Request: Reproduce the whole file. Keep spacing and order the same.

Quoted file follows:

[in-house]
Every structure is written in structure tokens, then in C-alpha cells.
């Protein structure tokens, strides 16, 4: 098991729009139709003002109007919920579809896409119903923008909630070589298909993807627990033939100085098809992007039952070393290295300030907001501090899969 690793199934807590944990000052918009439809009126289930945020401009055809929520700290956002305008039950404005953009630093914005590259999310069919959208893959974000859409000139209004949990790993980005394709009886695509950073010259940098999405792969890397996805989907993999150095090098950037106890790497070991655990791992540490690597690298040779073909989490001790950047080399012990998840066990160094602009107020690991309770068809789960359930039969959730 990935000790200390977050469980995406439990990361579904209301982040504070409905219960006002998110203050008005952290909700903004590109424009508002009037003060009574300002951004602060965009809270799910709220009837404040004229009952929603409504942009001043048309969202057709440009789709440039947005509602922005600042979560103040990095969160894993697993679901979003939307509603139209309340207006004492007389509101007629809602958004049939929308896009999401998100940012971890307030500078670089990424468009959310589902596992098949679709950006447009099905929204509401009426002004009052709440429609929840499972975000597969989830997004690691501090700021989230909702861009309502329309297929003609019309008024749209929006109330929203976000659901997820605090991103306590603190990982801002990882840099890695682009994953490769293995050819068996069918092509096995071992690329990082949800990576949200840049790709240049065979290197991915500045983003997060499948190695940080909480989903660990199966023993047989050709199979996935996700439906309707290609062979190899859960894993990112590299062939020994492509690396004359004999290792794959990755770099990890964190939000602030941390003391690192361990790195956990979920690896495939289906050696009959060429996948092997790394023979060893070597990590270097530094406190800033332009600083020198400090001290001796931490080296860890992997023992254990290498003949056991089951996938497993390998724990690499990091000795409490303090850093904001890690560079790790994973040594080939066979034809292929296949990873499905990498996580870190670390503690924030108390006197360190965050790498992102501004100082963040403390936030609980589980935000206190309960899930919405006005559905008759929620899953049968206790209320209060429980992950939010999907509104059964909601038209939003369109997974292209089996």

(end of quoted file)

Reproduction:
[in-house]
Every structure is written in structure tokens, then in C-alpha cells.
């Protein structure tokens, strides 16, 4: 098991729009139709003002109007919920579809896409119903923008909630070589298909993807627990033939100085098809992007039952070393290295300030907001501090899969 690793199934807590944990000052918009439809009126289930945020401009055809929520700290956002305008039950404005953009630093914005590259999310069919959208893959974000859409000139209004949990790993980005394709009886695509950073010259940098999405792969890397996805989907993999150095090098950037106890790497070991655990791992540490690597690298040779073909989490001790950047080399012990998840066990160094602009107020690991309770068809789960359930039969959730 990935000790200390977050469980995406439990990361579904209301982040504070409905219960006002998110203050008005952290909700903004590109424009508002009037003060009574300002951004602060965009809270799910709220009837404040004229009952929603409504942009001043048309969202057709440009789709440039947005509602922005600042979560103040990095969160894993697993679901979003939307509603139209309340207006004492007389509101007629809602958004049939929308896009999401998100940012971890307030500078670089990424468009959310589902596992098949679709950006447009099905929204509401009426002004009052709440429609929840499972975000597969989830997004690691501090700021989230909702861009309502329309297929003609019309008024749209929006109330929203976000659901997820605090991103306590603190990982801002990882840099890695682009994953490769293995050819068996069918092509096995071992690329990082949800990576949200840049790709240049065979290197991915500045983003997060499948190695940080909480989903660990199966023993047989050709199979996935996700439906309707290609062979190899859960894993990112590299062939020994492509690396004359004999290792794959990755770099990890964190939000602030941390003391690192361990790195956990979920690896495939289906050696009959060429996948092997790394023979060893070597990590270097530094406190800033332009600083020198400090001290001796931490080296860890992997023992254990290498003949056991089951996938497993390998724990690499990091000795409490303090850093904001890690560079790790994973040594080939066979034809292929296949990873499905990498996580870190670390503690924030108390006197360190965050790498992102501004100082963040403390936030609980589980935000206190309960899930919405006005559905008759929620899953049968206790209320209060429980992950939010999907509104059964909601038209939003369109997974292209089996």